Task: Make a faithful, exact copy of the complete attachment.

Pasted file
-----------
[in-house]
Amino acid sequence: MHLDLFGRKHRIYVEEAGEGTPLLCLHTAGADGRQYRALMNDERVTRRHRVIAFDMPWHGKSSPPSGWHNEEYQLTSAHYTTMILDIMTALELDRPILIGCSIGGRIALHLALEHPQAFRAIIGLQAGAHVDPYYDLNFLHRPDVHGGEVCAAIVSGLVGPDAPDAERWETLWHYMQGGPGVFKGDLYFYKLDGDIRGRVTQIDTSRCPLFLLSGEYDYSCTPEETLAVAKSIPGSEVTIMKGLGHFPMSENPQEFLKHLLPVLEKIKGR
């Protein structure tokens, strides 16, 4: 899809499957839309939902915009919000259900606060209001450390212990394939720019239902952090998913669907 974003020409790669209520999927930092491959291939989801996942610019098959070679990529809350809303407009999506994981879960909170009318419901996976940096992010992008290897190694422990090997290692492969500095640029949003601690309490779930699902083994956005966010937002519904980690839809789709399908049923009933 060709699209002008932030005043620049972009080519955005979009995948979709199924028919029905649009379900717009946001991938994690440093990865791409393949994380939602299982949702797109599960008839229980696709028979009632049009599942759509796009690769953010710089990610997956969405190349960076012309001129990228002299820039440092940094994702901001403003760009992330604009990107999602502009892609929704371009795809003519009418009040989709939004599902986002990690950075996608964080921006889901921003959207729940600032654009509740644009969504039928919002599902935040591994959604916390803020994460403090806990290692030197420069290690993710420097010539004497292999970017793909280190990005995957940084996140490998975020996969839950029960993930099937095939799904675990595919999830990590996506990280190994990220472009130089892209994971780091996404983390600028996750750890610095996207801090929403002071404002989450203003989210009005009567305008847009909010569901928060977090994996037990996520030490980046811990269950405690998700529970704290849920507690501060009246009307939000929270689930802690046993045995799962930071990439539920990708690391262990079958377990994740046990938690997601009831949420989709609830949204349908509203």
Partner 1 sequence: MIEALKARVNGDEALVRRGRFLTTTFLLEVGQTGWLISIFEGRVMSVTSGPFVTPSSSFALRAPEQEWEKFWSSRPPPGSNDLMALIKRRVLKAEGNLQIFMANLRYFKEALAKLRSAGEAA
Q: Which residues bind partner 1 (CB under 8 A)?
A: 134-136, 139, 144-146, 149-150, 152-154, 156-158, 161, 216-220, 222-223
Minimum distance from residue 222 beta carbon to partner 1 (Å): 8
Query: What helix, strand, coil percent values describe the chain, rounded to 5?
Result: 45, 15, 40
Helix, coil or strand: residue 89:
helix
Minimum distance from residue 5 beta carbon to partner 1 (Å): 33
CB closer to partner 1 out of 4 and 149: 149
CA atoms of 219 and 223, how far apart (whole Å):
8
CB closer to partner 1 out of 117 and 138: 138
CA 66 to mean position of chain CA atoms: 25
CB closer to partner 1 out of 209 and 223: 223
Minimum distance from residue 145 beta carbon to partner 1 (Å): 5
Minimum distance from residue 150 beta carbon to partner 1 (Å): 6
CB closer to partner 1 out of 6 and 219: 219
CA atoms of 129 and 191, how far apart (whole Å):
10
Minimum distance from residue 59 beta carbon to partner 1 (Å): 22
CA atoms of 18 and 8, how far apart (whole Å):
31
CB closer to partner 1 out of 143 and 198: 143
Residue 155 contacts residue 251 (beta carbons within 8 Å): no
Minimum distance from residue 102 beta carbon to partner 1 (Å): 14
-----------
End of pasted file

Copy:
[in-house]
Amino acid sequence: MHLDLFGRKHRIYVEEAGEGTPLLCLHTAGADGRQYRALMNDERVTRRHRVIAFDMPWHGKSSPPSGWHNEEYQLTSAHYTTMILDIMTALELDRPILIGCSIGGRIALHLALEHPQAFRAIIGLQAGAHVDPYYDLNFLHRPDVHGGEVCAAIVSGLVGPDAPDAERWETLWHYMQGGPGVFKGDLYFYKLDGDIRGRVTQIDTSRCPLFLLSGEYDYSCTPEETLAVAKSIPGSEVTIMKGLGHFPMSENPQEFLKHLLPVLEKIKGR
């Protein structure tokens, strides 16, 4: 899809499957839309939902915009919000259900606060209001450390212990394939720019239902952090998913669907 974003020409790669209520999927930092491959291939989801996942610019098959070679990529809350809303407009999506994981879960909170009318419901996976940096992010992008290897190694422990090997290692492969500095640029949003601690309490779930699902083994956005966010937002519904980690839809789709399908049923009933 060709699209002008932030005043620049972009080519955005979009995948979709199924028919029905649009379900717009946001991938994690440093990865791409393949994380939602299982949702797109599960008839229980696709028979009632049009599942759509796009690769953010710089990610997956969405190349960076012309001129990228002299820039440092940094994702901001403003760009992330604009990107999602502009892609929704371009795809003519009418009040989709939004599902986002990690950075996608964080921006889901921003959207729940600032654009509740644009969504039928919002599902935040591994959604916390803020994460403090806990290692030197420069290690993710420097010539004497292999970017793909280190990005995957940084996140490998975020996969839950029960993930099937095939799904675990595919999830990590996506990280190994990220472009130089892209994971780091996404983390600028996750750890610095996207801090929403002071404002989450203003989210009005009567305008847009909010569901928060977090994996037990996520030490980046811990269950405690998700529970704290849920507690501060009246009307939000929270689930802690046993045995799962930071990439539920990708690391262990079958377990994740046990938690997601009831949420989709609830949204349908509203």
Partner 1 sequence: MIEALKARVNGDEALVRRGRFLTTTFLLEVGQTGWLISIFEGRVMSVTSGPFVTPSSSFALRAPEQEWEKFWSSRPPPGSNDLMALIKRRVLKAEGNLQIFMANLRYFKEALAKLRSAGEAA
Q: Which residues bind partner 1 (CB under 8 A)?
A: 134-136, 139, 144-146, 149-150, 152-154, 156-158, 161, 216-220, 222-223
Minimum distance from residue 222 beta carbon to partner 1 (Å): 8
Query: What helix, strand, coil percent values describe the chain, rounded to 5?
Result: 45, 15, 40
Helix, coil or strand: residue 89:
helix
Minimum distance from residue 5 beta carbon to partner 1 (Å): 33
CB closer to partner 1 out of 4 and 149: 149
CA atoms of 219 and 223, how far apart (whole Å):
8
CB closer to partner 1 out of 117 and 138: 138
CA 66 to mean position of chain CA atoms: 25
CB closer to partner 1 out of 209 and 223: 223
Minimum distance from residue 145 beta carbon to partner 1 (Å): 5
Minimum distance from residue 150 beta carbon to partner 1 (Å): 6
CB closer to partner 1 out of 6 and 219: 219
CA atoms of 129 and 191, how far apart (whole Å):
10
Minimum distance from residue 59 beta carbon to partner 1 (Å): 22
CA atoms of 18 and 8, how far apart (whole Å):
31
CB closer to partner 1 out of 143 and 198: 143
Residue 155 contacts residue 251 (beta carbons within 8 Å): no
Minimum distance from residue 102 beta carbon to partner 1 (Å): 14